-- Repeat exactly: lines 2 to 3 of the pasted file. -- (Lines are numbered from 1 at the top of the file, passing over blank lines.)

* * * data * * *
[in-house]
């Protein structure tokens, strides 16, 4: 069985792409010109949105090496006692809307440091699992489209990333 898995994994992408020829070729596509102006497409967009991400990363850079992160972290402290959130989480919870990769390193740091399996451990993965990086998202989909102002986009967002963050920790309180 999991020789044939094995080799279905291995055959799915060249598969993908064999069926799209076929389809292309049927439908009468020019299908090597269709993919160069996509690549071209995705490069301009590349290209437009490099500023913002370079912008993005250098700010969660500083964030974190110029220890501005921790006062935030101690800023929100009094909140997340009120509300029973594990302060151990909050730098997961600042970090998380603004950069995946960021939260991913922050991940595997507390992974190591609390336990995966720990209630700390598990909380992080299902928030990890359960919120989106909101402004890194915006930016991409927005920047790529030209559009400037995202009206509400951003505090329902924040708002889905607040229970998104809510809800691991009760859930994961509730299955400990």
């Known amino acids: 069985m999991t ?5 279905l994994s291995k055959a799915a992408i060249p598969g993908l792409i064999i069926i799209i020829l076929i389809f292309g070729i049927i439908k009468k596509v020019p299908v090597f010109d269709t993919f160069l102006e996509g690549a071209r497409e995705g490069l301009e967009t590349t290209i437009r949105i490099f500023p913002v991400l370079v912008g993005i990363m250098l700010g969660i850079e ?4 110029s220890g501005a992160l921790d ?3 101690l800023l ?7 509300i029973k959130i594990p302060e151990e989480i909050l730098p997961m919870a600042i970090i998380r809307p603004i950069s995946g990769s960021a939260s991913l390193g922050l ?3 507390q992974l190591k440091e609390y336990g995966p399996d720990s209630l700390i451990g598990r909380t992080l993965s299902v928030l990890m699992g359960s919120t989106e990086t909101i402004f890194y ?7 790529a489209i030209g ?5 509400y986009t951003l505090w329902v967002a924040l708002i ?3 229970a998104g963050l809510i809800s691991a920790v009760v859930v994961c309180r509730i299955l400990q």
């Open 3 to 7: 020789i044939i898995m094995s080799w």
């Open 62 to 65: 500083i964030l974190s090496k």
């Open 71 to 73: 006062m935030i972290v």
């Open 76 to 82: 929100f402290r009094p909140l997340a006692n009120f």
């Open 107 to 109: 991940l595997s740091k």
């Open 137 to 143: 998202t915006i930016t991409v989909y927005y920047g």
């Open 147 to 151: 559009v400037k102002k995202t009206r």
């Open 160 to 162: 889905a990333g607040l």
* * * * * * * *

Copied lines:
């Protein structure tokens, strides 16, 4: 069985792409010109949105090496006692809307440091699992489209990333 898995994994992408020829070729596509102006497409967009991400990363850079992160972290402290959130989480919870990769390193740091399996451990993965990086998202989909102002986009967002963050920790309180 999991020789044939094995080799279905291995055959799915060249598969993908064999069926799209076929389809292309049927439908009468020019299908090597269709993919160069996509690549071209995705490069301009590349290209437009490099500023913002370079912008993005250098700010969660500083964030974190110029220890501005921790006062935030101690800023929100009094909140997340009120509300029973594990302060151990909050730098997961600042970090998380603004950069995946960021939260991913922050991940595997507390992974190591609390336990995966720990209630700390598990909380992080299902928030990890359960919120989106909101402004890194915006930016991409927005920047790529030209559009400037995202009206509400951003505090329902924040708002889905607040229970998104809510809800691991009760859930994961509730299955400990």
């Known amino acids: 069985m999991t ?5 279905l994994s291995k055959a799915a992408i060249p598969g993908l792409i064999i069926i799209i020829l076929i389809f292309g070729i049927i439908k009468k596509v020019p299908v090597f010109d269709t993919f160069l102006e996509g690549a071209r497409e995705g490069l301009e967009t590349t290209i437009r949105i490099f500023p913002v991400l370079v912008g993005i990363m250098l700010g969660i850079e ?4 110029s220890g501005a992160l921790d ?3 101690l800023l ?7 509300i029973k959130i594990p302060e151990e989480i909050l730098p997961m919870a600042i970090i998380r809307p603004i950069s995946g990769s960021a939260s991913l390193g922050l ?3 507390q992974l190591k440091e609390y336990g995966p399996d720990s209630l700390i451990g598990r909380t992080l993965s299902v928030l990890m699992g359960s919120t989106e990086t909101i402004f890194y ?7 790529a489209i030209g ?5 509400y986009t951003l505090w329902v967002a924040l708002i ?3 229970a998104g963050l809510i809800s691991a920790v009760v859930v994961c309180r509730i299955l400990q």